Penguins remove Bob Errey and Steve Mears from TV booth

Penguins remove Bob Errey and Steve Mears from TV booth – The Athletic

Longtime Penguins player and broadcaster Bob Errey was on vacation in Europe last week and returned to Pittsburgh with unpleasant news.

Errey was informed Wednesday evening that he will no longer be the color commentator on Penguins TV broadcasts – a position he held throughout the Sidney Crosby era before ending his broadcast career as the Penguins’ radio color commentator during the 1999 season –2000 began.

Errey told The Athletic that his broadcast partner since 2017, Steve Mears, would also not be returning.

Team sources believe radio play-by-play broadcaster Josh Getzoff will replace Mears in the television booth. Phil Bourque will remain as an analyst, but it remains to be seen whether he will work on his usual radio program or move to television.

Sources expect Colby Armstrong to play a larger role in the Penguins’ broadcasts going forward.

Errey was the Penguins’ first overall pick in 1983 and won the Stanley Cup twice, in 1991 and 1992. He was also the first captain in San Jose Sharks history.

The Montreal native worked with Mike Lange, Paul Steigerwald and Mears during his broadcasting career.

The Penguins’ ownership group, Fenway Sports Group, now owns the Penguins’ television rights and is launching its own network, SportsNet Pittsburgh. This network will replace the financially troubled AT&T SportsNet Pittsburgh for regional Pittsburgh broadcasts. Fenway Sports Group also owns 80 percent of the New England Sports Network (NESN) and is expected to use a similar format with the new company in Pittsburgh.

Errey provided The Athletic with a letter he wrote to Pittsburgh fans:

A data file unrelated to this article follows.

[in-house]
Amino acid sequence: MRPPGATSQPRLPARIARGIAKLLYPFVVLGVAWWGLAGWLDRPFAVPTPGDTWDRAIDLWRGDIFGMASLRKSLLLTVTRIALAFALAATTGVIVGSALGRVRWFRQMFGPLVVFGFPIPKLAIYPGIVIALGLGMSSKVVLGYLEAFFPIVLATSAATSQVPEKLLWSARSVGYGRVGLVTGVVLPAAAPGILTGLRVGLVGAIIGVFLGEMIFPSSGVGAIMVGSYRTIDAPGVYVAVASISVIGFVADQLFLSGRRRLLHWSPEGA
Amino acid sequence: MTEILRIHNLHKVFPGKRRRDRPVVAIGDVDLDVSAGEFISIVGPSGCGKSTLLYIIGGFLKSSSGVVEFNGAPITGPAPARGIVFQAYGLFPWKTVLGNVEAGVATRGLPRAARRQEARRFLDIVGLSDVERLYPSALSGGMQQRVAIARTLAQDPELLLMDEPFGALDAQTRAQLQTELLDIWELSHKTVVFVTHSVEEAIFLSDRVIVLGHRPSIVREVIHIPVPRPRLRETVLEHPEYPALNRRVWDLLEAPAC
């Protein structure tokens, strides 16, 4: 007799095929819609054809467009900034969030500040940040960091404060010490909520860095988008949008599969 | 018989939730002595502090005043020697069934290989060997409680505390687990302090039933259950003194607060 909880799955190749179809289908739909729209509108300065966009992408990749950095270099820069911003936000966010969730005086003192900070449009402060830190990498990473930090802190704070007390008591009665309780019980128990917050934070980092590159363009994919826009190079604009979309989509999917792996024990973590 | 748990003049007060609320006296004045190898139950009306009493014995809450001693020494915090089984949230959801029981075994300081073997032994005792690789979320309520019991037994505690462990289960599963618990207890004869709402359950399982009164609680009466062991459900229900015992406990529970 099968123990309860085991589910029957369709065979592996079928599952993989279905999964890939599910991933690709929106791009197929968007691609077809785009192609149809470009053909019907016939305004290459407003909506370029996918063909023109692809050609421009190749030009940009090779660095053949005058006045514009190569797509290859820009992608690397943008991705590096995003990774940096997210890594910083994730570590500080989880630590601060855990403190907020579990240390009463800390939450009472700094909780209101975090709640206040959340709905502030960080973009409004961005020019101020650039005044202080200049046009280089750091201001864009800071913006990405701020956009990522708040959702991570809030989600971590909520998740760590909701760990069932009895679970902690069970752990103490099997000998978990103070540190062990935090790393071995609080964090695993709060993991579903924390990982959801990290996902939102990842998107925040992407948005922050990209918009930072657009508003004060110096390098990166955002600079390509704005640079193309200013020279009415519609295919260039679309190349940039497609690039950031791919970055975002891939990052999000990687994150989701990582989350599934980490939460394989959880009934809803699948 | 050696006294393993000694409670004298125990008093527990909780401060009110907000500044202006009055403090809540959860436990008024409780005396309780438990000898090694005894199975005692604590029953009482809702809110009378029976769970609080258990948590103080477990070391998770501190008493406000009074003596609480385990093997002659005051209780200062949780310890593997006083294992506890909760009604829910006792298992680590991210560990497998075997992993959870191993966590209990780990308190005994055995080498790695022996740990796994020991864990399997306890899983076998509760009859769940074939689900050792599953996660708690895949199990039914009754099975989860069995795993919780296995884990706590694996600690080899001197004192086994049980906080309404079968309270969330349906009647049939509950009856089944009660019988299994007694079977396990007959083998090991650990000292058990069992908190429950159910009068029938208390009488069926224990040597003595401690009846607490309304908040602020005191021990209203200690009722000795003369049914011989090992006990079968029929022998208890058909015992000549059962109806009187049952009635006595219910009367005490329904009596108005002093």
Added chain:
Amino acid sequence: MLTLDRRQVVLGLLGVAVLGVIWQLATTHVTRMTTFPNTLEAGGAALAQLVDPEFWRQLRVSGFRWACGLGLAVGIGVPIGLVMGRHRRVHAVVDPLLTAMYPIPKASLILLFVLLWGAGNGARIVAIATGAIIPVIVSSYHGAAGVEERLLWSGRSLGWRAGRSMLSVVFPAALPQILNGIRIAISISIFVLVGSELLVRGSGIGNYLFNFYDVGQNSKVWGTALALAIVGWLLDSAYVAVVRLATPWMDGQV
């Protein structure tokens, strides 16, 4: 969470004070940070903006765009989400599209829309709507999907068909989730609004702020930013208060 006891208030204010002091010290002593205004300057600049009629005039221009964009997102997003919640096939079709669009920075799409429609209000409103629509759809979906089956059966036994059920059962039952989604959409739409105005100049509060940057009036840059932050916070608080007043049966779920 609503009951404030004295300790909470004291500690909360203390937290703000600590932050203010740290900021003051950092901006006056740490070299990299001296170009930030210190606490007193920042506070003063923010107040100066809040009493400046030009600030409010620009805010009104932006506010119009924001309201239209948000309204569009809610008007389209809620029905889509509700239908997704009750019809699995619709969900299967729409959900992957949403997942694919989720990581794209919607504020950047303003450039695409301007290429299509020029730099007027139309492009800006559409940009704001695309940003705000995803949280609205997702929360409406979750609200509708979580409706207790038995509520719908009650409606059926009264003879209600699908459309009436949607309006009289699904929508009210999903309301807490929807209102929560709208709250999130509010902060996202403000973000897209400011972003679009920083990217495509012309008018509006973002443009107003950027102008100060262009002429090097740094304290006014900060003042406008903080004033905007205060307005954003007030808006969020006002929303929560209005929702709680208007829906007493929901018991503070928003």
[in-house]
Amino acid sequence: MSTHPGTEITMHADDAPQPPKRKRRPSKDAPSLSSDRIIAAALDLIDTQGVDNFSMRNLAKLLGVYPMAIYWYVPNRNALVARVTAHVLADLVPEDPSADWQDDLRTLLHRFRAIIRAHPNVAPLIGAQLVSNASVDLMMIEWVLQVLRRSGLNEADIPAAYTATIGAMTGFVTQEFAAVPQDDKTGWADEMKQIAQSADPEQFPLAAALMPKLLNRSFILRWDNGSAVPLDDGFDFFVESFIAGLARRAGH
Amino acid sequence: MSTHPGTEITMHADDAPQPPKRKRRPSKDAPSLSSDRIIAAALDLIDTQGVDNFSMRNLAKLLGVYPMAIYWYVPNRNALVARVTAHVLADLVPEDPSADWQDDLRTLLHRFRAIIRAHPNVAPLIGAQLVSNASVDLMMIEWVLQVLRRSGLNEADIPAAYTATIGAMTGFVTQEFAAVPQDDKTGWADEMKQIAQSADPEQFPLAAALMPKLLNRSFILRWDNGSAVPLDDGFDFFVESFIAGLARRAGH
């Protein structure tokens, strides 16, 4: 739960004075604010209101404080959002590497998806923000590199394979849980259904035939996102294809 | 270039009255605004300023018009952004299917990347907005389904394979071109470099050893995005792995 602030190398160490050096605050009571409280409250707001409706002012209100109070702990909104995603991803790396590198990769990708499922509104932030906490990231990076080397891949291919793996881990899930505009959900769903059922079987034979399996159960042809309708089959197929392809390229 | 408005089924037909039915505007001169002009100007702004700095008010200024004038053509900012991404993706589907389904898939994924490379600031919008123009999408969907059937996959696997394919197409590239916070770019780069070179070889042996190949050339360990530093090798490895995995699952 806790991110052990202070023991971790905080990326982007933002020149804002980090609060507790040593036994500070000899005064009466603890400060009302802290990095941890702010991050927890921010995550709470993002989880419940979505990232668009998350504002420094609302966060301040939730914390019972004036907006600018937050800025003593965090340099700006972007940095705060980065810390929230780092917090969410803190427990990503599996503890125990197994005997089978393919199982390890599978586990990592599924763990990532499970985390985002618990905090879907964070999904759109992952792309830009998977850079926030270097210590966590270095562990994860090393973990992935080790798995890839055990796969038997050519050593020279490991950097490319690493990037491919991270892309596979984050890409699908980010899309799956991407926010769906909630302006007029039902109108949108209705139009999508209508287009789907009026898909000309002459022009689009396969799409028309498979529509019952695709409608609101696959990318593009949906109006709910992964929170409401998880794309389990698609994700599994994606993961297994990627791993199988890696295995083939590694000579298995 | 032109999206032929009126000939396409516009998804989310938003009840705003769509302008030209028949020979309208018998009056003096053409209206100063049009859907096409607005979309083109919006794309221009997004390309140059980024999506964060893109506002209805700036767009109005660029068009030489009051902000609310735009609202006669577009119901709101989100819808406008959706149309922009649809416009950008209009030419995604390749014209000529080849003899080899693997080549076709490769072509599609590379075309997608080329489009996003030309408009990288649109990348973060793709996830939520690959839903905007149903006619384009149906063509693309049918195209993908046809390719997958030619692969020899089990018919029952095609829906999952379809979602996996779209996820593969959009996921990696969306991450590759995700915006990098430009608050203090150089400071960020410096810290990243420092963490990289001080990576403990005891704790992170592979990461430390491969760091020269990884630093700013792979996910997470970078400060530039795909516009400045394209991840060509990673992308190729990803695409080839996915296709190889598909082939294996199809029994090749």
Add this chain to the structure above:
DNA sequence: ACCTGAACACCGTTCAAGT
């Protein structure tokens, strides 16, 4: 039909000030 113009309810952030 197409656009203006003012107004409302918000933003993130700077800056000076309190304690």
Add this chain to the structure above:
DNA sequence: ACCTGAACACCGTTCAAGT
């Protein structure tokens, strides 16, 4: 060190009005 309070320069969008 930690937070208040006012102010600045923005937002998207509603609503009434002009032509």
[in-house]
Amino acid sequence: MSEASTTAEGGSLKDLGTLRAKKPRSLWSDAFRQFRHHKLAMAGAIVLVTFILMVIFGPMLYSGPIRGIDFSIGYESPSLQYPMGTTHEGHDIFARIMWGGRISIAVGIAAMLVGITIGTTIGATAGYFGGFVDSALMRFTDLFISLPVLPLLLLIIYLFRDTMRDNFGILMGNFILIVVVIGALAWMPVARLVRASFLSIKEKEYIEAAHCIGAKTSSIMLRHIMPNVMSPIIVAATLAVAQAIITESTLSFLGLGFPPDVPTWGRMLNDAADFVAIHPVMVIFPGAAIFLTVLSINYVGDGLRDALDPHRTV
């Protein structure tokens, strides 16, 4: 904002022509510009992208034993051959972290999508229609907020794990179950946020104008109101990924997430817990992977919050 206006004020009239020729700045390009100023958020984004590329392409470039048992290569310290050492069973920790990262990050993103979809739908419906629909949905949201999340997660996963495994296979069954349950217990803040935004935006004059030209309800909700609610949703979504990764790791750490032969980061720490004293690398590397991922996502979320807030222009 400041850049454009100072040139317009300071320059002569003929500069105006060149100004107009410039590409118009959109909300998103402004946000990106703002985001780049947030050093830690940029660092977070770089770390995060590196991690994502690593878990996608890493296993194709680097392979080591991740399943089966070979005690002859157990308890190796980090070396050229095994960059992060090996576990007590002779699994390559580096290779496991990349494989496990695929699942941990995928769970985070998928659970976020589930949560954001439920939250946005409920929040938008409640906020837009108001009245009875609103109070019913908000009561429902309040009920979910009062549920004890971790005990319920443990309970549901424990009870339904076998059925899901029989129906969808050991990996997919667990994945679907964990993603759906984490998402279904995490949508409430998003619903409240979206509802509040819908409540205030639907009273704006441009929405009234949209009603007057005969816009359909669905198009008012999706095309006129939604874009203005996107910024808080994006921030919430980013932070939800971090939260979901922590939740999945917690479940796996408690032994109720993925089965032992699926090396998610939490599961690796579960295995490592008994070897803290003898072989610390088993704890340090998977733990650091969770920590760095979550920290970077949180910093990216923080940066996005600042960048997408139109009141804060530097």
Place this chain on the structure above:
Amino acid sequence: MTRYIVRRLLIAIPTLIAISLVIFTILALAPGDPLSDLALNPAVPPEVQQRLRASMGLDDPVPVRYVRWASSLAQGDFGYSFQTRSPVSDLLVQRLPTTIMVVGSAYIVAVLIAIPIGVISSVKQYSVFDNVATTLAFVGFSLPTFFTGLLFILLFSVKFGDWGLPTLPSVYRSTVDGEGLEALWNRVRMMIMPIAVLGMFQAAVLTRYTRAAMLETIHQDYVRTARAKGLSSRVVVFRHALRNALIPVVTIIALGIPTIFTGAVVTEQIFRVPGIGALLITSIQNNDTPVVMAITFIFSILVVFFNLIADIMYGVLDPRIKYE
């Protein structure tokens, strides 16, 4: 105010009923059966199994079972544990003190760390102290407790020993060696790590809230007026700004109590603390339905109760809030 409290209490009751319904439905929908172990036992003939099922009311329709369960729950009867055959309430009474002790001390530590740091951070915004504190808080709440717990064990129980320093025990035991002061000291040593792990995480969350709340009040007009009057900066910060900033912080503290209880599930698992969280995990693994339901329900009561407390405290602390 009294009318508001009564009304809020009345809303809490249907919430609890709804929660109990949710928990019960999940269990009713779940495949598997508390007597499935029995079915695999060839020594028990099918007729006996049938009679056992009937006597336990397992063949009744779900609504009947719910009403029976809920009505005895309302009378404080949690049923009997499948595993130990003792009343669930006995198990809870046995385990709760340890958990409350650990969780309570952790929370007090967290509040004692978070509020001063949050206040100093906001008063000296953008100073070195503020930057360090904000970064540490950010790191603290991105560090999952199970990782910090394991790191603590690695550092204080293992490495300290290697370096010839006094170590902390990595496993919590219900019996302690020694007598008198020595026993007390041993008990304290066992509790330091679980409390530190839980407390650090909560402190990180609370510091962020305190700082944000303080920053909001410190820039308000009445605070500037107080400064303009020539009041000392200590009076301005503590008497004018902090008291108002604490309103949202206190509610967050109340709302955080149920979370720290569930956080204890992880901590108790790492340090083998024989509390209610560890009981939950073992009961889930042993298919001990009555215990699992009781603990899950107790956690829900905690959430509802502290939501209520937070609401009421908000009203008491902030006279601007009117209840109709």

Dear Pittsburgh Penguin fans,

It is with a heavy heart that I share this with you. Yesterday I received an unexpected call informing me that I would not be returning as a TV analyst for the Pittsburgh Penguins this upcoming season.

My journey began in 1983 as a wide-eyed teenager who had no idea what to expect on the ice or in the city of Pittsburgh. It took some time, but with determined players and passionate fans, we realized the dream of bringing the Cup to Pittsburgh.

As luck would have it, after my playing career, I took on the position of radio analyst. My family has roots in the community and youth hockey. We loved Burgh and I loved my job.

I was fortunate to work with Paul Steigerwald who lives and breathes hockey and has helped me get better every day. I was ready to learn. With the arrival of Sidney Crosby, I moved into the TV booth with Hall of Famer Mike Lange. I was probably just as excited and nervous as you. Both to work with Mike and to watch Sid do his thing. Wow! Very happy.

My last six years at the Steve Mears booth have been equally rewarding. What a professional. Tremendous talent. I would be remiss if I didn’t credit our friend Dan Potash for our laughs and his connection with the players. Truly unique.

I have the utmost respect and love for my former colleagues and friends with whom I have worked over the last 22 years! You, the fans, have constantly tuned in and made us the No. 1 local broadcast in the league every year. Unbelievable, really.

I enjoyed my nights in Pittsburgh and in the cabin. I will cherish the many incredible moments this seat has given me. It was a particular joy and excitement for me and I hope that was the case for you too.

I’m not sure where my journey will take me next, but I’m excited for the next chapter and will put as much energy and effort into it as I did here. And if you see me around this great city, be sure to stop me and say hello!

Thanks again.

It was my pleasure.

– Bob Errey

(Photo of Bob Errey, left, and Steve Mears: Steph Chambers / Getty Images)